Crisis-hit Japanese automaker Nissan Tuesday slashed its full-year sales and profit forecast as it struggles with weak demand in Japan, the US and Europe, as well as the arrest of former boss Carlos Ghosn.
Nissan downgraded its net profit forecast to ¥110-billion ($1-billion) for the fiscal year to March 2020, compared with an earlier estimate of ¥170-billion.
Full-year sales are now estimated at ¥10.6-trillion, down from ¥11.3 trillion yen previously forecast.
Incoming chief financial officer Stephen Ma said: "Sales in China outpaced the market but sales in other key regions including the US, Europe and Japan underperformed in those markets. This resulted in the overall decrease of our market share."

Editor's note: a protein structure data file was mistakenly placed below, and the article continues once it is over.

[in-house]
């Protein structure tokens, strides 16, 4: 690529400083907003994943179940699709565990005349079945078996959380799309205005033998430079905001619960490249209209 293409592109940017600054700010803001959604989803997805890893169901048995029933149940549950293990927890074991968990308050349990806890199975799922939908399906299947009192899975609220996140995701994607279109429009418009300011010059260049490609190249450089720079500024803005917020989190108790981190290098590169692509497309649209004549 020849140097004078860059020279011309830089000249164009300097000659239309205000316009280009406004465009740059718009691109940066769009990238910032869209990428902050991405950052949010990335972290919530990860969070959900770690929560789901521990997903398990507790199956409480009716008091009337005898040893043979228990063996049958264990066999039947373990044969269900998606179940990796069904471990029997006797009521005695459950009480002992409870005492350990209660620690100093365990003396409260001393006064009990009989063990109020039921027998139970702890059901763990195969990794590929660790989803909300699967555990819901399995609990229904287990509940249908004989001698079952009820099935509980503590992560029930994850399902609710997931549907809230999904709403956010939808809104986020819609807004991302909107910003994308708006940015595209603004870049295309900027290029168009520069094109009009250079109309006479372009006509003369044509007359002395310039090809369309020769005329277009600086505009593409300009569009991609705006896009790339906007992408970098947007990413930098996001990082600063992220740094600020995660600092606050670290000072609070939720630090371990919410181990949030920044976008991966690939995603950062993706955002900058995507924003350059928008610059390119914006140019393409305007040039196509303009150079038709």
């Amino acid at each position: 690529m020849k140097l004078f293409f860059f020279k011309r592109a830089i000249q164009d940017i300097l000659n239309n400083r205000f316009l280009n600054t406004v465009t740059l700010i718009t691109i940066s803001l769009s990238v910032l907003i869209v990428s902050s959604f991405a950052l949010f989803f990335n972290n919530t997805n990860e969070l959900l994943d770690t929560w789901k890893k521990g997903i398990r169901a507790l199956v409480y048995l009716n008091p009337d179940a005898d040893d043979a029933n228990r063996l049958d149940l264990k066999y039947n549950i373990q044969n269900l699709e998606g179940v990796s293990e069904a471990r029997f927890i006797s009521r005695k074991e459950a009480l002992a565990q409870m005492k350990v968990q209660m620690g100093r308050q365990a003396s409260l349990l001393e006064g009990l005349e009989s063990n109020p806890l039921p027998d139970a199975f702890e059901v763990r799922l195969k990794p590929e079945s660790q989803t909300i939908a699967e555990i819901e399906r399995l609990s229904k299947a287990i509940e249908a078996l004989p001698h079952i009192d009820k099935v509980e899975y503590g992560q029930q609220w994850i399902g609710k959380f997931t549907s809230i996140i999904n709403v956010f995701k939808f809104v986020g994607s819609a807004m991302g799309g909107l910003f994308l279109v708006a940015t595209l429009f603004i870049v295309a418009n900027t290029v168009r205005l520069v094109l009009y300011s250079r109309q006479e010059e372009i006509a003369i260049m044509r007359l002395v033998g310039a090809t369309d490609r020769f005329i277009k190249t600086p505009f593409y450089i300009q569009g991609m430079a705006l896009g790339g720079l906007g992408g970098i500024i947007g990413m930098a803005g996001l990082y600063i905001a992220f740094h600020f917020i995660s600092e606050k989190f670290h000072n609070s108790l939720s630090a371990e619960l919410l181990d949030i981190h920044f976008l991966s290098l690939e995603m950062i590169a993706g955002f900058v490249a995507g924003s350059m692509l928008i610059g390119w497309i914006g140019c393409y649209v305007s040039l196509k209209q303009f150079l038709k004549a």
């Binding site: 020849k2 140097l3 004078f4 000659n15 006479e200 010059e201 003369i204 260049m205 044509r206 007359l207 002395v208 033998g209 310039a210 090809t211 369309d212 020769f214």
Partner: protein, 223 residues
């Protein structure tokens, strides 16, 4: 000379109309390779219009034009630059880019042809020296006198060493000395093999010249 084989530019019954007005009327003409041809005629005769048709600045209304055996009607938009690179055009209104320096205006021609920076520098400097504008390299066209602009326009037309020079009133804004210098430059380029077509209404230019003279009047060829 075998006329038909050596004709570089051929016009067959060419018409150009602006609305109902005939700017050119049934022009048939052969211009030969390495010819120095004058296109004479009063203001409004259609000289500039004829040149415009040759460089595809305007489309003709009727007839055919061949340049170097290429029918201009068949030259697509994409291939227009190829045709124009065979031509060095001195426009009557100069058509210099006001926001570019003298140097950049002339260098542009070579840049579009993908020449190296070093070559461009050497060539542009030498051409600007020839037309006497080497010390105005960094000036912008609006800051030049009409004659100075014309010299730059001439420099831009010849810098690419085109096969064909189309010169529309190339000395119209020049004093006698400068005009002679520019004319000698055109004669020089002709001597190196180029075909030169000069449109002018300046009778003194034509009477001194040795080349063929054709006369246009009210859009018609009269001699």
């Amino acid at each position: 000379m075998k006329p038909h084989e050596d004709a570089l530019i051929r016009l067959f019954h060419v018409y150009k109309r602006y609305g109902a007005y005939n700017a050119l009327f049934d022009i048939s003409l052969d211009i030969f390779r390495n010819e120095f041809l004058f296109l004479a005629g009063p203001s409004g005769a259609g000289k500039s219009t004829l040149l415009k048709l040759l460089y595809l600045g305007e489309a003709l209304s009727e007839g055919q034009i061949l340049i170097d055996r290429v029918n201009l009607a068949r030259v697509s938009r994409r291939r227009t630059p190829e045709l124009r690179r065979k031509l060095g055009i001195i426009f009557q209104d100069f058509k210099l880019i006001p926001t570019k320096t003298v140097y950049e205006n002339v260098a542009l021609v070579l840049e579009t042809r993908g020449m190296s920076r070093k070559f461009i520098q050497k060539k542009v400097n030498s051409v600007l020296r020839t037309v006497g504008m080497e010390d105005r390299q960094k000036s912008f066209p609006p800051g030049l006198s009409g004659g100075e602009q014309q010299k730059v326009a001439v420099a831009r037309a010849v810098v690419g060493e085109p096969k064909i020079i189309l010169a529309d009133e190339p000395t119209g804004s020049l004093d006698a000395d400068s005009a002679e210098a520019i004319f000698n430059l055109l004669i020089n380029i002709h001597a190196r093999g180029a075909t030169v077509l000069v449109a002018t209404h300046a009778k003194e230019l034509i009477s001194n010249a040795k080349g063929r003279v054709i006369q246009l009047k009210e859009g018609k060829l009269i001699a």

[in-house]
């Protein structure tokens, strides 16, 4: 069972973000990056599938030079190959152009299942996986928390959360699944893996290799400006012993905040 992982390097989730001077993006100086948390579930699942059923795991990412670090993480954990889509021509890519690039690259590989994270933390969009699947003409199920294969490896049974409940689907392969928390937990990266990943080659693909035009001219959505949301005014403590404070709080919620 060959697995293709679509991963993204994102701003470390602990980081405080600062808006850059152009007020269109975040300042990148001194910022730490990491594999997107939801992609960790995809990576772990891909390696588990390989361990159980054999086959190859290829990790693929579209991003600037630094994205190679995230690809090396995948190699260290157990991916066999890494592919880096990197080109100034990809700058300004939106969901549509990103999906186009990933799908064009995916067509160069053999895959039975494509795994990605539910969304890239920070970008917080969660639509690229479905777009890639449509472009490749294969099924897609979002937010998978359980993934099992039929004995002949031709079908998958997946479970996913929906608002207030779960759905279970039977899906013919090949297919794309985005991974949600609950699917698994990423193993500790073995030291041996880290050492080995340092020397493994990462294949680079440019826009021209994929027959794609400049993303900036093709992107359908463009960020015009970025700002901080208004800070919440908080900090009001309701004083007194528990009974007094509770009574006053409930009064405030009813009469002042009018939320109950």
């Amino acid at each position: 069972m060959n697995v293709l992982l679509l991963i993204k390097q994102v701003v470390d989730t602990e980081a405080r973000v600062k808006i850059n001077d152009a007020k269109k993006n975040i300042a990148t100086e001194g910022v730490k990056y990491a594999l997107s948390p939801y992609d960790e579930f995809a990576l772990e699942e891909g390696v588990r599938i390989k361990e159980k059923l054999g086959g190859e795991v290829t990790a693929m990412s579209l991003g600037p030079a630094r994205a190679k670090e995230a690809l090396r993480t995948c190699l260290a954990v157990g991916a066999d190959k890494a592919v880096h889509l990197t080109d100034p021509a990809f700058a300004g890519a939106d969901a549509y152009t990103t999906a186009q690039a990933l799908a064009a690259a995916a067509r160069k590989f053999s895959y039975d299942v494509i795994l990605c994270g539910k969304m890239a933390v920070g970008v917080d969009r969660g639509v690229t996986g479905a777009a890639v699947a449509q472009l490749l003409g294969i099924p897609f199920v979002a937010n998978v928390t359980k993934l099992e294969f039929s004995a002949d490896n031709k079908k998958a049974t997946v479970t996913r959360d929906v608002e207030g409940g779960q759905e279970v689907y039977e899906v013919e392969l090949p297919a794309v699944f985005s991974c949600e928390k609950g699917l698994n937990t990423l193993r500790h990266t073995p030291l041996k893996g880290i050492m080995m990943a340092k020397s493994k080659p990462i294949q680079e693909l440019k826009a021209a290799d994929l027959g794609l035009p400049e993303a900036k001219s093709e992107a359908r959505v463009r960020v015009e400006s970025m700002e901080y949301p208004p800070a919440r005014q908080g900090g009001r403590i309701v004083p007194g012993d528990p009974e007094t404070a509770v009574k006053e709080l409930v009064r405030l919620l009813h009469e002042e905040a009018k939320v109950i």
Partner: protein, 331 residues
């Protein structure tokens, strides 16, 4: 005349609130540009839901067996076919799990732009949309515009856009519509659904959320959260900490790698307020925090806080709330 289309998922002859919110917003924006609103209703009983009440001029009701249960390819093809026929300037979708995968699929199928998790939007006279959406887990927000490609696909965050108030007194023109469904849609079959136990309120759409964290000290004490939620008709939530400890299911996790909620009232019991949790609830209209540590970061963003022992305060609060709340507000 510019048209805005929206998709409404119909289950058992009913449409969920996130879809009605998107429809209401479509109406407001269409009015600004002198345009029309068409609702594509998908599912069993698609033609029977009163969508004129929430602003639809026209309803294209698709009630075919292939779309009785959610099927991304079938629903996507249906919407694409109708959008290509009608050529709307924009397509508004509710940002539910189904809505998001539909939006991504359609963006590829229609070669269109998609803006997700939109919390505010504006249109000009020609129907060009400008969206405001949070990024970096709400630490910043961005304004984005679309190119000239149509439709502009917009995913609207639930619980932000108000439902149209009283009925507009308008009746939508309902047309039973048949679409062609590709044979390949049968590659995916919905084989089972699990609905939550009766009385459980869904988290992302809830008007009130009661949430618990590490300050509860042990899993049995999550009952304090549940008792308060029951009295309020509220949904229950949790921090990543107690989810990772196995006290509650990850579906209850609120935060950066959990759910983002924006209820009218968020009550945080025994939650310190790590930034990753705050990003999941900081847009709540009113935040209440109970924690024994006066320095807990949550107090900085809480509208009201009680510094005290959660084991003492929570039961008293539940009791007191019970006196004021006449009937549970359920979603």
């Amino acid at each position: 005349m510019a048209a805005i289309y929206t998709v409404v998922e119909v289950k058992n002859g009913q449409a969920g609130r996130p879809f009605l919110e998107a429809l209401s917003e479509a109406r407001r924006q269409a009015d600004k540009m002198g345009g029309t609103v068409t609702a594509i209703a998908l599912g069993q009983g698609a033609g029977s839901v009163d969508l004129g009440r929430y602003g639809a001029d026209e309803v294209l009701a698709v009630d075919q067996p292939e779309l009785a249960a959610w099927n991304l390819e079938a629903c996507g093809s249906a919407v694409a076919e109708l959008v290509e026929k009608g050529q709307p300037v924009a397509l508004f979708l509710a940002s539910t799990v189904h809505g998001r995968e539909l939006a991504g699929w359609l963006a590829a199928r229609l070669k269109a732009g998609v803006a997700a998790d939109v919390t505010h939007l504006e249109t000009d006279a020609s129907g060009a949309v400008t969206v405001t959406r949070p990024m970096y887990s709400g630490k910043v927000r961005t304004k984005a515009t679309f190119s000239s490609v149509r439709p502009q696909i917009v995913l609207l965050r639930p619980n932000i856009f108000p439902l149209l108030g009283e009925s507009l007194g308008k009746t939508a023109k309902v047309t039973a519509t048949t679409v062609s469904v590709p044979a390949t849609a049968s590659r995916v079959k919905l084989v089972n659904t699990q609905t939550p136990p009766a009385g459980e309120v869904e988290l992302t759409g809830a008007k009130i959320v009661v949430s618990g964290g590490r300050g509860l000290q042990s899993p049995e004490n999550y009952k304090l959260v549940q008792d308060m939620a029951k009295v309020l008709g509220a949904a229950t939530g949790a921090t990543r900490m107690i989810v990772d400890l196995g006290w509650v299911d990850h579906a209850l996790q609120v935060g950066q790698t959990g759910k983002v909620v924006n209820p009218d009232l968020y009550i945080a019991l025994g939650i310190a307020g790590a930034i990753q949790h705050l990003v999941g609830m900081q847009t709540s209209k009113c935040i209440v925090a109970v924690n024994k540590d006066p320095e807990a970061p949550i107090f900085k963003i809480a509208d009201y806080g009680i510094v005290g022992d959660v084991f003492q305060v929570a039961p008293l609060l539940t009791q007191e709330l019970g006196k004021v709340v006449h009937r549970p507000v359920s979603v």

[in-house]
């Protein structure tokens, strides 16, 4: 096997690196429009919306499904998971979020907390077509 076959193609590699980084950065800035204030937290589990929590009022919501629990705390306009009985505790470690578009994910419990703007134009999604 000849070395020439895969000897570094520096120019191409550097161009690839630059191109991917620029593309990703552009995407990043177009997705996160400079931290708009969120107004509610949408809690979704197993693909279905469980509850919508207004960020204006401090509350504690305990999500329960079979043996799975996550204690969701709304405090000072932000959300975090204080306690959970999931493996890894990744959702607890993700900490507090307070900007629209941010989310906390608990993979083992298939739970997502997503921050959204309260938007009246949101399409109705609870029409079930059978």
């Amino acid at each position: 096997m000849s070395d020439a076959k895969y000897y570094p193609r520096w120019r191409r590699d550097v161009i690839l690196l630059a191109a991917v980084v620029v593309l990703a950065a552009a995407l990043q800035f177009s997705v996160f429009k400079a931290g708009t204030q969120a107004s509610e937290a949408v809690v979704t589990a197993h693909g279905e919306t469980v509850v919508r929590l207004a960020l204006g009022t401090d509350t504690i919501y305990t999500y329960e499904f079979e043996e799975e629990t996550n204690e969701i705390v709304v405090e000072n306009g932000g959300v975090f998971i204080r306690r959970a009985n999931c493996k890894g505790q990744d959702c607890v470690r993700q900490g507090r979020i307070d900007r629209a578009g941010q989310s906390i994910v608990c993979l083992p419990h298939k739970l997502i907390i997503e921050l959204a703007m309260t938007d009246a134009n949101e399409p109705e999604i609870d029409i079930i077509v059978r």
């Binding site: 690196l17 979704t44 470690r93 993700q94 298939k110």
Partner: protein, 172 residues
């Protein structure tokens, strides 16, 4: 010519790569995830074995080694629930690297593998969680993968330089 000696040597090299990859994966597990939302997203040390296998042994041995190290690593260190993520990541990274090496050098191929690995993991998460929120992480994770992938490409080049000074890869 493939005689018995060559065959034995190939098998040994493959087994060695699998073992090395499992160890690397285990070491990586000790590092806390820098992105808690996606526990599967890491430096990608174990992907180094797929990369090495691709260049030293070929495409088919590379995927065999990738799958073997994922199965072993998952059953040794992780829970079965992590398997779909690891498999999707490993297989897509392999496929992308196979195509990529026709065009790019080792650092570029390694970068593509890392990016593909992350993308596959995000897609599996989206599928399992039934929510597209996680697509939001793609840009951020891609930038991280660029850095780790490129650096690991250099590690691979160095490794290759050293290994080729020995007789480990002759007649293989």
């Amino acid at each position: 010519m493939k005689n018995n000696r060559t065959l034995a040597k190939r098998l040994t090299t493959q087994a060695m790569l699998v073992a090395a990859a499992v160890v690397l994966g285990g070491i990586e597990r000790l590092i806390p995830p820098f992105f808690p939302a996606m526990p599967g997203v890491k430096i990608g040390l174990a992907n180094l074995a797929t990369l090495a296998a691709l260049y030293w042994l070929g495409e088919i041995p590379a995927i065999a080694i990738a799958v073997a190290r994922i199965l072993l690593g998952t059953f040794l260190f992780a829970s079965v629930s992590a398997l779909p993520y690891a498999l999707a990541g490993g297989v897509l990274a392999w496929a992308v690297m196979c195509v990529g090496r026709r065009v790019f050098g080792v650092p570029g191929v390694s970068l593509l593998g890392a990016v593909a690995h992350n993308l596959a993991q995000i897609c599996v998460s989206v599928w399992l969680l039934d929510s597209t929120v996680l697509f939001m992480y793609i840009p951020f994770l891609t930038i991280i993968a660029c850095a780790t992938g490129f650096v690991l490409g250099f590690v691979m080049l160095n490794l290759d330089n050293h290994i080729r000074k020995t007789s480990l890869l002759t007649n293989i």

Net profit for the six months to September plunged 73.5% to ¥65.4-billion on sales down 9.6% at ¥5-trillion.
It was its first earnings announcement since Nissan named Makoto Uchida as new chief executive last month, elevating the insider heading the firm's China unit as it overhauls its leadership after the Ghosn scandal.
The appointment, to take effect on December 1, came after months of turmoil for the automaker in the wake of the arrest of former chief Ghosn on allegations of financial misconduct.